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Hereditary spastic paraplegia (HSP) is characterized by progressive weakness and spasticity of the lower limbs due to degeneration of corticospinal axons. We found that patients from a chromosome 16q24.3-linked HSP family are homozygous for a 9.5 kb deletion involving a gene encoding a novel protein, named Paraplegin. Two additional Paraplegin mutations,(More)
Autosomal dominant hereditary spastic paraplegia (AD-HSP) is a genetically heterogeneous neurodegenerative disorder characterized by progressive spasticity of the lower limbs. Among the four loci causing AD-HSP identified so far, the SPG4 locus at chromosome 2p2-1p22 has been shown to account for 40-50% of all AD-HSP families. Using a positional cloning(More)
Autosomal recessive hereditary spastic paraplegia (ARHSP) with thin corpus callosum (TCC) is a common and clinically distinct form of familial spastic paraplegia that is linked to the SPG11 locus on chromosome 15 in most affected families. We analyzed 12 ARHSP-TCC families, refined the SPG11 candidate interval and identified ten mutations in a previously(More)
Autosomal dominant hereditary spastic paraplegia (AD-HSP) is a group of genetically heterogeneous neurodegenerative disorders characterized by pro- gressive spasticity of the lower limbs. Five AD-HSP loci have been mapped to chromosomes 14q, 2p, 15q, 8q and 12q. The SPG4 locus at 2p21-p22 has been shown to account for approximately 40% of all AD-HSP(More)
The pathomechanism of familial hypokalemic periodic paralysis (HypoPP) is a mystery, despite knowledge of the underlying dominant point mutations in the dihydropyridine receptor (DHPR) voltage sensor. In five HypoPP families without DHPR gene defects, we identified two mutations, Arg-672-->His and -->Gly, in the voltage sensor of domain 2 of a different(More)
Alternating hemiplegia of childhood (AHC) is a rare, severe neurodevelopmental syndrome characterized by recurrent hemiplegic episodes and distinct neurological manifestations. AHC is usually a sporadic disorder and has unknown etiology. We used exome sequencing of seven patients with AHC and their unaffected parents to identify de novo nonsynonymous(More)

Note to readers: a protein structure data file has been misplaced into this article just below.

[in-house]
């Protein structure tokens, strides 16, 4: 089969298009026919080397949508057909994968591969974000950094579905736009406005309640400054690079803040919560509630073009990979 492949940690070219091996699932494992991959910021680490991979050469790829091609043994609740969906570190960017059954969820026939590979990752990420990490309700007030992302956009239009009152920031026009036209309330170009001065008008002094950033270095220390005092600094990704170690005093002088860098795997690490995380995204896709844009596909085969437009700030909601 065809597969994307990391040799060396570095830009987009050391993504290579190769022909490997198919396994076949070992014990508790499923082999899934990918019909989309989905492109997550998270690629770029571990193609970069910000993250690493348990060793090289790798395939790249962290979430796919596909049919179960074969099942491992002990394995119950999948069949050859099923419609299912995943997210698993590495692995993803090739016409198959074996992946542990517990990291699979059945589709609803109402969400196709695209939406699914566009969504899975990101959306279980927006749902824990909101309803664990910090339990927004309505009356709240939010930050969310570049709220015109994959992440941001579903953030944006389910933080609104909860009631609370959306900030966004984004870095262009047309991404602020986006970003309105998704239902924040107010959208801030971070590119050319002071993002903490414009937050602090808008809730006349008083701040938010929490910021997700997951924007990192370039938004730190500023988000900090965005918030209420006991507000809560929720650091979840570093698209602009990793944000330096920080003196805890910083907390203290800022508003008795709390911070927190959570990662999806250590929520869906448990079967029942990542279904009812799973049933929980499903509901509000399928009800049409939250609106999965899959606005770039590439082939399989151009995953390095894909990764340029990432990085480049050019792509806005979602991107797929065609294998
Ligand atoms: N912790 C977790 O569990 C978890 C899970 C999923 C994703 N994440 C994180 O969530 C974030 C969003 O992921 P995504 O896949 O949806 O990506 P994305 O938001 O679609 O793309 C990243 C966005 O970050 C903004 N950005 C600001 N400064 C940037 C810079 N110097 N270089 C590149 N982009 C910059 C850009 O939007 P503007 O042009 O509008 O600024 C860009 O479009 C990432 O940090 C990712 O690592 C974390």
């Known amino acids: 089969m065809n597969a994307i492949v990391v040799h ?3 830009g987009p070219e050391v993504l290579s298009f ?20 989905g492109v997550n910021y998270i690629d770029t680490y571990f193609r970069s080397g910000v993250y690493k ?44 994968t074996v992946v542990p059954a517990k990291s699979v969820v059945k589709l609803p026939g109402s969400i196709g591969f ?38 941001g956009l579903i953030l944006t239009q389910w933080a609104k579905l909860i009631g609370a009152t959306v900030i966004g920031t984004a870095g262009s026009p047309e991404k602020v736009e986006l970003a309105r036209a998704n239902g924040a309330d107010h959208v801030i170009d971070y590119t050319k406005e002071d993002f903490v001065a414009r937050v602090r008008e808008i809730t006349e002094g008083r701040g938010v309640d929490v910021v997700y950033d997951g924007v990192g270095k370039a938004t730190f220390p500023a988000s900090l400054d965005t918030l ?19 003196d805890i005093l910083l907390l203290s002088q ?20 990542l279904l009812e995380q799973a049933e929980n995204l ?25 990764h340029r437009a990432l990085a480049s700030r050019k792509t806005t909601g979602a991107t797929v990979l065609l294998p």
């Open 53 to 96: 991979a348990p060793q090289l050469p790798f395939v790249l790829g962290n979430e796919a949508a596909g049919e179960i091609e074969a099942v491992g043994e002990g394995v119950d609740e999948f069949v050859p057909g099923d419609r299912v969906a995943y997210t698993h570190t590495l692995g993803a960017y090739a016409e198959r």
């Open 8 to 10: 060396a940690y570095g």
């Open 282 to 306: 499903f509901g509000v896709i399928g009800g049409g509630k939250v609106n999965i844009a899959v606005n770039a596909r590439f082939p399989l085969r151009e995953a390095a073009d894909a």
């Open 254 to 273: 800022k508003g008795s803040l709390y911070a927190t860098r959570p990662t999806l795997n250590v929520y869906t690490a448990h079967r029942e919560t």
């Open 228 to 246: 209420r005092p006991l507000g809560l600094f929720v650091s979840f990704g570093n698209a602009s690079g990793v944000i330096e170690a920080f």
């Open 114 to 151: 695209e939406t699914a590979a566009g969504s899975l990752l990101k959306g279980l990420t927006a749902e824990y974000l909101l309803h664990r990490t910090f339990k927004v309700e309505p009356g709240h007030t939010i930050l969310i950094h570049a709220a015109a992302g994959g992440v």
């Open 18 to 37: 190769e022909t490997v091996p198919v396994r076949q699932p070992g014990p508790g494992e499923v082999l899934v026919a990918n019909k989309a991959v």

SPG13, an autosomal dominant form of pure hereditary spastic paraplegia, was recently mapped to chromosome 2q24-34 in a French family. Here we present genetic data indicating that SPG13 is associated with a mutation, in the gene encoding the human mitochondrial chaperonin Hsp60, that results in the V72I substitution. A complementation assay showed that(More)
Myotonic syndromes and periodic paralyses are rare disorders of skeletal muscle characterized mainly by muscle stiffness or episodic attacks of weakness. Familial forms are caused by mutations in genes coding for skeletal muscle voltage-gated ion channels. Exercise is known to trigger, aggravate, or relieve the symptoms. Therefore, exercise can be used as a(More)
Rabbit cDNA of the alpha1 subunit of the skeletal muscle dihydropyridine (DHP) receptor was functionally expressed in a muscular dysgenesis mouse (mdg) cell line, GLT. L-type calcium currents and transients were recorded for the wild type and a mutant alpha1 subunit carrying an R528H substitution in the supposed voltage sensor of the second channel domain(More)
Multiple sclerosis (MS) is the most common chronic inflammatory neurologic disorder diagnosed in young adults and, due to its chronic course, is responsible for a substantial economic burden. MS is considered to be a multifactorial disease in which both genetic and environmental factors intervene. The well-established human leukocyte antigen (HLA)(More)